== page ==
Loch Ness and Urquhart Castle
Jul 18, 2013
|We stayed overnight in a B&B. It was a bit sad. The man had lost his wife to cancer some 6 months ago, and is now running the place on his own (his words. his daughter turned up next morning and is obviously doing some of the domestic work.) WE got into conversation as he had lived for a time in Fleet, and that was the address given for Alyssa. He said he doesn't look forward to visitors, as it is stressful, but he needs them otherwise he'd sink into total despondency. (which accounted for the slight feeling of coldness when we arrived!) However as he warmed up, we got information on places to go; the benefits of using booking.com over many others, some of which charged 25% of the accommodation amount, hence prices would rise too. There were other guests; a Scotsman about to walk up Ben Nevis (not the steep climbing side)4 Americans, all on their way to a farming conference in Poland. These are held every second year in a different country and they always go, connecting up with others they've met before and doing some other touring wither before or after. They too gave us useful information.
We explored Fort William and bought some supplies. This sounds easy but we had seen Morrisons the previous night and gone round on circles trying to locate an entrance; not only couldn't do that, we lost the shopping centre! So today we did much better; we could now see where Morrisons was we still didn't see the driveway entrance!
Onto Lake Ness, driving all the way up the North side over the next two days.
One of 1000 bridges Telford built in Scotland, largely for defence purposes.
This area is beautiful; the stunning, very large Loch; wildflowers on the verges; forests all around AND it is sunny (occasionally not a plus, as the humidity got to us)And streams and waterfalls.
Then it was off to Urquhart Castle. I think I expected a bit more castle, rather than ruins of what must have once been a very extensive castle. But again, the warring factions come into the story again.
When Jennie came here with Bevan some years ago, they rounded a corner and there it was in its ruinous glory. They had the place virtually to themselves. Now there are hundreds coming in by car, coach and boat. And there is a very informative educational centre with of course a shop attached.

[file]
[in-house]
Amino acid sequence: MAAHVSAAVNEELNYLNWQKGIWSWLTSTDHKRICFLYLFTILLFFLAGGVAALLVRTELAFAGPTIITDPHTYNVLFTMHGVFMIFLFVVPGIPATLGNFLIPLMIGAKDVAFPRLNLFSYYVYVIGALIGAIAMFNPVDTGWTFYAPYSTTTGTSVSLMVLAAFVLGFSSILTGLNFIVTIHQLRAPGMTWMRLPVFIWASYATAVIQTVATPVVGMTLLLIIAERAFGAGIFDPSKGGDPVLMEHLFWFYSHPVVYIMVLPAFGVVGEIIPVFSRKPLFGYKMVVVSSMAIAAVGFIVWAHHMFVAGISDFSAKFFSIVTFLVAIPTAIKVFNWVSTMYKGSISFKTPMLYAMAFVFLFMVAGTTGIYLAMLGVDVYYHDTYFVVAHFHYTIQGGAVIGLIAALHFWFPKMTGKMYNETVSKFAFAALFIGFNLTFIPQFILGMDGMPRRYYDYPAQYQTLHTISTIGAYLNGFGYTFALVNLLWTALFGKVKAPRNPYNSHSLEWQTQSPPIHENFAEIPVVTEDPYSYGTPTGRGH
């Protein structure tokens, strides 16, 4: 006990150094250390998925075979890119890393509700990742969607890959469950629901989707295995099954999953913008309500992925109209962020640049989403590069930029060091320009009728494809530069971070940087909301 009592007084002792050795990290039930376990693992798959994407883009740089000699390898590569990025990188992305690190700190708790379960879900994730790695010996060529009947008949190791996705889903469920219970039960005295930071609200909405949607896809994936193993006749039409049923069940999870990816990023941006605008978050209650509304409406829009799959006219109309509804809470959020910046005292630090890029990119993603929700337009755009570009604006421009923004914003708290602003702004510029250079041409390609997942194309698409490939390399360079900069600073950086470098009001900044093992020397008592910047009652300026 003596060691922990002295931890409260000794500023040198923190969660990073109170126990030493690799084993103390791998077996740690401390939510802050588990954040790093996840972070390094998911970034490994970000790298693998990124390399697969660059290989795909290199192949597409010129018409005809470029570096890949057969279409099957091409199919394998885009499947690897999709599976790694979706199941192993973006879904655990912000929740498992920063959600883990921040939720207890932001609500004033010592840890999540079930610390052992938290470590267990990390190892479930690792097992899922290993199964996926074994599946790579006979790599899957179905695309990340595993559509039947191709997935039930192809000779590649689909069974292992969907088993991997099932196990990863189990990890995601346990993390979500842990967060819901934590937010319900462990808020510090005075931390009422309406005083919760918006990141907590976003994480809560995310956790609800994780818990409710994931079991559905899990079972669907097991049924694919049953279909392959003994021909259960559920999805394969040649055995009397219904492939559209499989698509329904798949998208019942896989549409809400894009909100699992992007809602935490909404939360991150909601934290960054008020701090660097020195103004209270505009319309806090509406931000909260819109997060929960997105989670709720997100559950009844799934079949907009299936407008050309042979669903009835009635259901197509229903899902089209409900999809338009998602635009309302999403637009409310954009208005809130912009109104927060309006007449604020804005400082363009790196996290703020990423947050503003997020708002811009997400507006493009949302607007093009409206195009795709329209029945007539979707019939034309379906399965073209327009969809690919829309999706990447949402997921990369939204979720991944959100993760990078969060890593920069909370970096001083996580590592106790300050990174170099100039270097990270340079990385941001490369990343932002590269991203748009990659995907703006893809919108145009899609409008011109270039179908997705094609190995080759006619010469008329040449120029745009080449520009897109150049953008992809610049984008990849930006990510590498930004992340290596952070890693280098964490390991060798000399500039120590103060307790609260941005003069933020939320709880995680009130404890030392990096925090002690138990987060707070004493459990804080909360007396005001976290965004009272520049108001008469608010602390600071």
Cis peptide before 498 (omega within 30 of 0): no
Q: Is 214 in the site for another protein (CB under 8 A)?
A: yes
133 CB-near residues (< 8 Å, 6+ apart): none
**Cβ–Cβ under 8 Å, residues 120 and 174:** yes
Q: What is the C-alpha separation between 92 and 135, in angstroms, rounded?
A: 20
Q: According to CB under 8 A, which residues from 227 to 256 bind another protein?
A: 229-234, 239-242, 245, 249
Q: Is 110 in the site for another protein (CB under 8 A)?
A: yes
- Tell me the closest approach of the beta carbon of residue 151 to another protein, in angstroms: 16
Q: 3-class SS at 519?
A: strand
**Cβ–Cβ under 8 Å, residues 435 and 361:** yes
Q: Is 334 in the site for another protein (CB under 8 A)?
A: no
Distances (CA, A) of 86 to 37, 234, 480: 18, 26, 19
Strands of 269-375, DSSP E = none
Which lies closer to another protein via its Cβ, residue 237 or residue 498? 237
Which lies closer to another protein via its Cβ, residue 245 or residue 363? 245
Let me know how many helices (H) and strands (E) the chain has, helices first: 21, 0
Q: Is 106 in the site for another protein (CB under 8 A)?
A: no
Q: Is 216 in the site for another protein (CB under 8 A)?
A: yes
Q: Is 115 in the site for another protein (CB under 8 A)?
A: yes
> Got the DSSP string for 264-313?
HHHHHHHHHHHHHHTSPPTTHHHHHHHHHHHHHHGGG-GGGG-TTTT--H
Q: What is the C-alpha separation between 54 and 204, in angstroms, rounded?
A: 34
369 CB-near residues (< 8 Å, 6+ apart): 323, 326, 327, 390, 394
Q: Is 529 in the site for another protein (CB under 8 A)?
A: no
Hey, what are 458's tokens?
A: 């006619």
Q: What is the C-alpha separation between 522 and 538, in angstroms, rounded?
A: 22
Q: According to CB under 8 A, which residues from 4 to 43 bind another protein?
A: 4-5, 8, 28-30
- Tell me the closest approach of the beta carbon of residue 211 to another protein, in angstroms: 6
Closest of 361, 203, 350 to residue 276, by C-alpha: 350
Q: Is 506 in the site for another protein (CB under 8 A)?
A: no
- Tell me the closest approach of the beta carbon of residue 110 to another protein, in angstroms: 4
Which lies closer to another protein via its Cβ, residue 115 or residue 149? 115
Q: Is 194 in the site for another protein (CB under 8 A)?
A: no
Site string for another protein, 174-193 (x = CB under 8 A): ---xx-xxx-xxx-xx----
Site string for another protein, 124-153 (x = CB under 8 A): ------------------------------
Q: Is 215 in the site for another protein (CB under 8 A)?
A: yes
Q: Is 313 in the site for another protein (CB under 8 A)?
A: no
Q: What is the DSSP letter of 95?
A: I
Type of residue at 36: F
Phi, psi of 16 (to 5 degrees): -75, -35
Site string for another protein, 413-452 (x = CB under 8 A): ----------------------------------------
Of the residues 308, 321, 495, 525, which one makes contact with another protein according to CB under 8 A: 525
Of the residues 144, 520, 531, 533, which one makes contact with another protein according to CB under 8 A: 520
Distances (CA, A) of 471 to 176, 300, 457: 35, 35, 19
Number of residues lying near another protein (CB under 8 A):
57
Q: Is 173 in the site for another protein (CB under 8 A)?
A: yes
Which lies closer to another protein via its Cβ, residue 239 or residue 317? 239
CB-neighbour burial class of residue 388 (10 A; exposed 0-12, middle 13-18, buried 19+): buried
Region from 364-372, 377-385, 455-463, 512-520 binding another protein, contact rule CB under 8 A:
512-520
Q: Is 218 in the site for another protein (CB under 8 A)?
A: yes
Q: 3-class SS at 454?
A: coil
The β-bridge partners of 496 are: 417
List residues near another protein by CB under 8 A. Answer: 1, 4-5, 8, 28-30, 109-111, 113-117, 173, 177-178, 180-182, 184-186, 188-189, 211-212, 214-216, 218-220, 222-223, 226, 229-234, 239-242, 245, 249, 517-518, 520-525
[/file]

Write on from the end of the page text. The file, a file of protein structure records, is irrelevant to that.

A short movie was the climax of the Educational information. Very useful though if you asked me which group was fighting which, and when I still couldn't tell you exactly!Suffice to say there were attacks from different groups, both local and English, over the centuries.
The last occupants blew it up to stop it being overrun and used as a fort by their enemy. The gun powder blasted one key section and it went skywards. As the dust began to settle the screen went up, the curtain opened and there was the crumbling ruin. Very dramatic!
This Trebuchet is a reproduction which works. They tried it out and it hurled a boulder 200 metres at 126 miles per hour
The castle position was very strategic; water on two sides, and views up all water access areas
The piper added the final dramatic touch
I climbed to the top, though its nowhere nearly as high as it had been
Next stop was the Loch Ness Information Centre.
This was a fantastic educational set up. We passed through a series of cave like rooms, connected by tunnel type passages. The first was the creation of the highlands when the land mass was below the equator, then the seismic movement which split the land pushing one part along the other, creating Lochs. in more recent times there were the myths and stories in folk legends, about a very large fish or monster in the lake and finally to this century when Nessie was 'born' after a 1930's report of a sighting of a long neck and then another person saw the humps. Then onto the scientific investigations. One experiment was a test with a stick floating upright in water; 84 of 100 saw a stick others described long neck head snake like etc.
An interswting lot of experiments that showed what was proably seen (boat waves creating humps; reflections; movement of heated layer of water across loch, moving upward, pushing logs upright etc
And then onto other investigations that used core samples from the mud floor, so changes in the habitat of the lake including changes in weather patterns and pollution levels (including nuclear fallout) Very, very interesting.
And of course outside there were the mandatory flowers
This shop has to be seen to be believed! One room is Nessy Land.
We sat outside and had a snack, and admired this tartan rugged van